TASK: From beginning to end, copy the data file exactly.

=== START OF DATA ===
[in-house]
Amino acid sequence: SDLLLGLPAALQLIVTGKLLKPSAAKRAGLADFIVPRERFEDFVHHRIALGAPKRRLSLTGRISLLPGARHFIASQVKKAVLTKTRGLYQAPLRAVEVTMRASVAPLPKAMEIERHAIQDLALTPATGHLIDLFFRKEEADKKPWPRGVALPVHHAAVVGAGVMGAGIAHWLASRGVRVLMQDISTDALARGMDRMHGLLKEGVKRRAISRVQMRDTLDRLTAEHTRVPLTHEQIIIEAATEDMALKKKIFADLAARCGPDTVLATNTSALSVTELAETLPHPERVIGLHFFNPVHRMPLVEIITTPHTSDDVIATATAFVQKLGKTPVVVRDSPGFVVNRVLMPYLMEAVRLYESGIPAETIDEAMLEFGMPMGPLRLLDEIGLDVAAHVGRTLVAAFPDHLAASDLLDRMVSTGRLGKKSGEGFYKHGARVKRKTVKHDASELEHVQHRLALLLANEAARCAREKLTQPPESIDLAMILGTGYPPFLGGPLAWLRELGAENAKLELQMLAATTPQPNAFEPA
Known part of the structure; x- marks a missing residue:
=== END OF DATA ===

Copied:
[in-house]
Amino acid sequence: SDLLLGLPAALQLIVTGKLLKPSAAKRAGLADFIVPRERFEDFVHHRIALGAPKRRLSLTGRISLLPGARHFIASQVKKAVLTKTRGLYQAPLRAVEVTMRASVAPLPKAMEIERHAIQDLALTPATGHLIDLFFRKEEADKKPWPRGVALPVHHAAVVGAGVMGAGIAHWLASRGVRVLMQDISTDALARGMDRMHGLLKEGVKRRAISRVQMRDTLDRLTAEHTRVPLTHEQIIIEAATEDMALKKKIFADLAARCGPDTVLATNTSALSVTELAETLPHPERVIGLHFFNPVHRMPLVEIITTPHTSDDVIATATAFVQKLGKTPVVVRDSPGFVVNRVLMPYLMEAVRLYESGIPAETIDEAMLEFGMPMGPLRLLDEIGLDVAAHVGRTLVAAFPDHLAASDLLDRMVSTGRLGKKSGEGFYKHGARVKRKTVKHDASELEHVQHRLALLLANEAARCAREKLTQPPESIDLAMILGTGYPPFLGGPLAWLRELGAENAKLELQMLAATTPQPNAFEPA
Known part of the structure; x- marks a missing residue: